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Is this a valid implication/alternative explanation of universal red-shift? I thought I'd ask this when I read this question about light clocks.

I had speculated this way: If light speed determines the rate of time, could the speed of light be varying over time and we be unaware of it? We measure light speed by itself.

But if light speed was varying over a scale of minutes or hours, we'd see variation in the Sun's spectrum over time, either red shift or blue shift, and we don't.

If it was varying over a period of years, we'd see variation in the spectra of stars, and we don't.

If it was varying over a period of billions of years, we'd see variation in the spectrums of distant galaxies, and we do.

Is this a possible implication of universal red-shift? Or even an alternative to the expansion explanation?

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Probably not- here is one explanation.

When we look at the most distant objects in the universe (super-bright galaxies or active galactic cores) we are seeing them in an early stage of their lifetimes. It is thought that at those times, the supermassive black holes in those galaxy centers were in the process of actively gobbling up dust and gas in their neighborhoods, which there (apparently) was plenty of at that time.

This means at early times, the spectra of those high-brightness galaxies was dominated by the output of extremely hot accretion discs surrounding those black holes and huge and super-energetic jets emitted from near the poles of those black holes.

Then, as time passed, the galaxy cores got depleted in readily-sucked-up material and the black hole neighborhoods grew quiet. The black holes are still there, of course, but with little to feed on, the light sources they powered went out.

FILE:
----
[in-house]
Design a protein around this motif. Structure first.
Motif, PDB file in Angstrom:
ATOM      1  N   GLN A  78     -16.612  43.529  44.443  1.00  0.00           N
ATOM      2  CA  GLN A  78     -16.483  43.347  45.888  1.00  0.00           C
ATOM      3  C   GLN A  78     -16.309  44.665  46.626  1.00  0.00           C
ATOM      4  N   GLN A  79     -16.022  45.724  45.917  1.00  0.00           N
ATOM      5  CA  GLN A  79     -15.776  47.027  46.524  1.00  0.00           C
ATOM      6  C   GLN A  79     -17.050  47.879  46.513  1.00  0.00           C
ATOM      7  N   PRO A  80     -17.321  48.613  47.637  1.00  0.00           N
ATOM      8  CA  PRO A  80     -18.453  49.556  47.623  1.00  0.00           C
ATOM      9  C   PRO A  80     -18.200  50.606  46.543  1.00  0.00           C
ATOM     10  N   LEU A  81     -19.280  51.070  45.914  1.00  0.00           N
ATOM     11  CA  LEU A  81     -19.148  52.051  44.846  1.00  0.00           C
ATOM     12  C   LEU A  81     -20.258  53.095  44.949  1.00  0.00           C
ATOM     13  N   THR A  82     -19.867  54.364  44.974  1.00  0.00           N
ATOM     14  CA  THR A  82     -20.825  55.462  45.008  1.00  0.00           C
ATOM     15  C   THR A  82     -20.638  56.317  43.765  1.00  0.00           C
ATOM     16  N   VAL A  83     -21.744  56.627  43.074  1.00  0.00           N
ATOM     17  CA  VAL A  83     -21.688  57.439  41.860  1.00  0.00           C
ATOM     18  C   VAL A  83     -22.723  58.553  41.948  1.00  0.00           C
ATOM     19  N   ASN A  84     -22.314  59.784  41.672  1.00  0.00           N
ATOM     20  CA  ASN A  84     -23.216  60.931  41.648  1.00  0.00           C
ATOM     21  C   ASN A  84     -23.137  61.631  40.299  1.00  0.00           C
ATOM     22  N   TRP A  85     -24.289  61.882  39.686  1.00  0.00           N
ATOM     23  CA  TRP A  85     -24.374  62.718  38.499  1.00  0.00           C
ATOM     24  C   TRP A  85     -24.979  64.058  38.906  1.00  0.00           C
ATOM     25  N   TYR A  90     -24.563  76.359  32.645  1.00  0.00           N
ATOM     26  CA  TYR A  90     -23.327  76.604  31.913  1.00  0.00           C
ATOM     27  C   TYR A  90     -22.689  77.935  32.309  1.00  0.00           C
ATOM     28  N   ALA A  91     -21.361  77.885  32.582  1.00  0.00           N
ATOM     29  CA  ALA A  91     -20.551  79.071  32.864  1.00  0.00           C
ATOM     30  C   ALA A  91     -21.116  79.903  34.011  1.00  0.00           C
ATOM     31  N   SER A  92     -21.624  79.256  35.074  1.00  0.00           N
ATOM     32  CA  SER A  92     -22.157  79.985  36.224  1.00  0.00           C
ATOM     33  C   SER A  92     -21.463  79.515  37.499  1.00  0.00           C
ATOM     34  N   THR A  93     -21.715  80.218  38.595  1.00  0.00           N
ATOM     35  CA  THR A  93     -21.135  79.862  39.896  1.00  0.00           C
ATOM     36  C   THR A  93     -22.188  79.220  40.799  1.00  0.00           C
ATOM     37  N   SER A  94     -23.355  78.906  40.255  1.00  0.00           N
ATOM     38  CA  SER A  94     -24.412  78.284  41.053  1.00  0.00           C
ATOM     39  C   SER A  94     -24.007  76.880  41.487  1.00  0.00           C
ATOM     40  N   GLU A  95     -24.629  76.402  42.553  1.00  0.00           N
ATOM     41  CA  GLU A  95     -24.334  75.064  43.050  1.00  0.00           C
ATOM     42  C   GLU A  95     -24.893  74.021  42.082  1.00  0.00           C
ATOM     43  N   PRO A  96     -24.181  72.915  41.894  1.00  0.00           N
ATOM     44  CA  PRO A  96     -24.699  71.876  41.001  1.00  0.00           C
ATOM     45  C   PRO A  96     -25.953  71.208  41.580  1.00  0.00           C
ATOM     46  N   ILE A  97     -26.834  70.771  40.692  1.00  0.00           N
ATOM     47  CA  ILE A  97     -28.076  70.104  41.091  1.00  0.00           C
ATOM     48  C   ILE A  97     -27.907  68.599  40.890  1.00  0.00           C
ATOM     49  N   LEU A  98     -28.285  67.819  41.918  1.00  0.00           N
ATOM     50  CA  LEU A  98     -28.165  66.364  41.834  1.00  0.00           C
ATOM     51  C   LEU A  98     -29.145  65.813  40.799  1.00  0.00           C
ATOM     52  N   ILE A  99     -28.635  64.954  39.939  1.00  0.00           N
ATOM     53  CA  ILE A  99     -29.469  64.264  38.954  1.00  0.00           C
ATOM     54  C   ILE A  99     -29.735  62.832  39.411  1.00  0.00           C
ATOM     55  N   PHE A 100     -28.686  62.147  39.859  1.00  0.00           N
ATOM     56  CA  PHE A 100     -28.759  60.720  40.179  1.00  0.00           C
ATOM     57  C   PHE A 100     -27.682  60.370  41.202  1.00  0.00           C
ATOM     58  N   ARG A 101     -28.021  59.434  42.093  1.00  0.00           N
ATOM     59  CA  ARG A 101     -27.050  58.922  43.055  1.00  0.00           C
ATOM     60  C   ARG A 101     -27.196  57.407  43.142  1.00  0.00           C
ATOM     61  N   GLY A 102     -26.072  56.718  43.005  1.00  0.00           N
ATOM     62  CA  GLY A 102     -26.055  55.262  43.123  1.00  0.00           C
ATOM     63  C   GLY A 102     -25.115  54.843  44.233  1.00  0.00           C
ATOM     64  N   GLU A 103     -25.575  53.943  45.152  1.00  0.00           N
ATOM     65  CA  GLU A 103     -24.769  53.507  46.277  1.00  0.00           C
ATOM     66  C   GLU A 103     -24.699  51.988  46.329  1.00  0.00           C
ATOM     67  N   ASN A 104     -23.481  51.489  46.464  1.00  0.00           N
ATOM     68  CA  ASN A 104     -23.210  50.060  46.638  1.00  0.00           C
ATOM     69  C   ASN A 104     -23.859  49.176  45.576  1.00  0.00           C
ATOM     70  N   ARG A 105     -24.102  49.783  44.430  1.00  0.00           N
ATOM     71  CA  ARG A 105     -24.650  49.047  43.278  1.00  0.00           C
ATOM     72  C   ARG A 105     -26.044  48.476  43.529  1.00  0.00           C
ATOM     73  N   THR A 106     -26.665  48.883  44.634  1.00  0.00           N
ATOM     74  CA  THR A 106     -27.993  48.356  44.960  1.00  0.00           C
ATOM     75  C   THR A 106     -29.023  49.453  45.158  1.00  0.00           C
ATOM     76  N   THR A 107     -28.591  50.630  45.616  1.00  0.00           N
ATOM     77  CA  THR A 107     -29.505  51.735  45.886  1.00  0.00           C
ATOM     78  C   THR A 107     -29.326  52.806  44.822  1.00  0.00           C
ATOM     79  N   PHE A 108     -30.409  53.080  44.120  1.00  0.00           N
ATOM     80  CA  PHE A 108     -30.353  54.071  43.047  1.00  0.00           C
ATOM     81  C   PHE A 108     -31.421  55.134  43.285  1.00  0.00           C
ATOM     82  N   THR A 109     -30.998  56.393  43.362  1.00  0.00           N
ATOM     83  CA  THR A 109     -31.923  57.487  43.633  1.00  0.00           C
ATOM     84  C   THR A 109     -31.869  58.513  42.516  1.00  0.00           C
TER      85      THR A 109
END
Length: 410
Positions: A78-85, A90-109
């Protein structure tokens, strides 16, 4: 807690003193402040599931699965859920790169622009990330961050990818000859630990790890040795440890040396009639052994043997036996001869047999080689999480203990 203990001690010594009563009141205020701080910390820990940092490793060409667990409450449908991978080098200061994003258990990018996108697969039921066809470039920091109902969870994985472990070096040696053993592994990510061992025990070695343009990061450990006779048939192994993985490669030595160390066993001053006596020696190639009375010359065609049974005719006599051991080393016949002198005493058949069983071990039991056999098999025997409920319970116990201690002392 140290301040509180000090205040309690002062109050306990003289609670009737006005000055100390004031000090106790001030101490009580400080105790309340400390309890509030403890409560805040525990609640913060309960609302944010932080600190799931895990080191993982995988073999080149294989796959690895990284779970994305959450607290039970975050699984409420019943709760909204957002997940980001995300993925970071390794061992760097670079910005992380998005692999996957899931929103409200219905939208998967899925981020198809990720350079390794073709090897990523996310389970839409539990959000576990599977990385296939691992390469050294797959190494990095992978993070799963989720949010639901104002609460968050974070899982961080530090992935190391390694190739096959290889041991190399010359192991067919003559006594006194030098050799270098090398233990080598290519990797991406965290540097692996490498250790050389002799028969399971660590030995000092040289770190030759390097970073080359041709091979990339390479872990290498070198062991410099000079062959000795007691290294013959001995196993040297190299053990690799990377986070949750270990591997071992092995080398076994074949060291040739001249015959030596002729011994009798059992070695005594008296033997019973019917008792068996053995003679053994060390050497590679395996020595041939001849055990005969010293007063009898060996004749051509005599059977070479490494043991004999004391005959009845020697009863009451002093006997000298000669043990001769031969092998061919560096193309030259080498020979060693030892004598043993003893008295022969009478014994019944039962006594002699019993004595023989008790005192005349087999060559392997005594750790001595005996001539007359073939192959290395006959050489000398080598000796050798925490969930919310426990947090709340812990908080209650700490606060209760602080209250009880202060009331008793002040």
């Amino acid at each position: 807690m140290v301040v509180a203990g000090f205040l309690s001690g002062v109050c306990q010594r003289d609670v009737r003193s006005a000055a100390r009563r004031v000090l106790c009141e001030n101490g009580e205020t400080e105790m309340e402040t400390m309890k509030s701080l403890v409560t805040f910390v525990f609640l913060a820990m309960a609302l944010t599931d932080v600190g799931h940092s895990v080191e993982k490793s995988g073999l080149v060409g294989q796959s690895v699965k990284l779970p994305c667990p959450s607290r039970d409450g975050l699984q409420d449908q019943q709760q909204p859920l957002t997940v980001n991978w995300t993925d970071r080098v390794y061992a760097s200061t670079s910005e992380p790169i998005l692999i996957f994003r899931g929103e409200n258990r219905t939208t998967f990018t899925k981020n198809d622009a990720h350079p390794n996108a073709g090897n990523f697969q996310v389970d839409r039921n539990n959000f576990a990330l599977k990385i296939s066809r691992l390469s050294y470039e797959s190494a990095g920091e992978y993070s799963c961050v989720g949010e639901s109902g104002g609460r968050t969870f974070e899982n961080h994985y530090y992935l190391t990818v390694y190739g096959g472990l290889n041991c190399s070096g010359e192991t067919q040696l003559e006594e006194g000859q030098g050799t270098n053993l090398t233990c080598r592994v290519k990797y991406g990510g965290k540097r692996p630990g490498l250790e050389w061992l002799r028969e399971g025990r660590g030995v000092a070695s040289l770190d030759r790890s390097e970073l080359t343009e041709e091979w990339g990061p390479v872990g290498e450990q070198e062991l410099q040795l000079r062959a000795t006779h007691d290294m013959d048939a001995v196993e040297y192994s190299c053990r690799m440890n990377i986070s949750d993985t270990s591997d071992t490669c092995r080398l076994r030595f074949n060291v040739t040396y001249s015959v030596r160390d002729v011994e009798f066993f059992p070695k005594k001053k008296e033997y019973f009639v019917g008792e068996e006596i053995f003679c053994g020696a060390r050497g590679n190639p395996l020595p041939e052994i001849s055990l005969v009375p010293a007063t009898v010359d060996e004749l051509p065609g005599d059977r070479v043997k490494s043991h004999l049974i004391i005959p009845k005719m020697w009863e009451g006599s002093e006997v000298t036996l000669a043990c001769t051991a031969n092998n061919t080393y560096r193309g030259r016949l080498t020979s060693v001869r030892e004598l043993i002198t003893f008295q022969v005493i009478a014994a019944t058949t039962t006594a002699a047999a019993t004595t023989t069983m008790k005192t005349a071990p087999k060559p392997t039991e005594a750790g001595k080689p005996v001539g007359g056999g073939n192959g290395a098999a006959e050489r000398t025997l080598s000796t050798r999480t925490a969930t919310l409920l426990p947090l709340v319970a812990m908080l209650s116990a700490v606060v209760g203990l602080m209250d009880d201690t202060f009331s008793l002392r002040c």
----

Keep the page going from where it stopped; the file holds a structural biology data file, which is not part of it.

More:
The spectra of galaxies without active cores then became dominated by starlight instead of by accretion processes and jets.

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If it was varying over a period of billions of years, we'd see variation in the spectrums of distant galaxies, and we do.

Is this a possible implication of universal red-shift? Or even an alternative to the expansion explanation?

This has been explored before in both scientific and creationist lines. The problem is that we can see the spectra within the red-shifted light, and the spectra are the same as they are here, just shifted. So for instance, the relative energy levels of the hydrogen atoms are the same in distance galaxies as they are here on Earth.

That would not be true if it was the speed of light that was changing. One could likely offset some of these observations by carefully selecting countering changes to other universal constants, but it seems unlikely there is any set that would fully explain our (rather deep) observational set.

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  • $\begingroup$ The article on Zwicky is referring to "tired light" which isn't the same phenomenon as a slowing of the processes that generate them. I agree, the "creationist" concept is just plain silly., and not what I'm referring to at all. Can you elaborate further on what you mean by the spectra being the same as they are here? $\endgroup$ – Kermit Brown Aug 12 at 22:36
  • $\begingroup$ The issue with the spectra is that if the speed of light had changed in the past, you would not see the spectra shifted by some fixed amount, because the speed of light is baked into the physics that creates the spectra in the first place. If c changed, we would see the entire spectra change, not shift. $\endgroup$ – Maury Markowitz Aug 14 at 23:47

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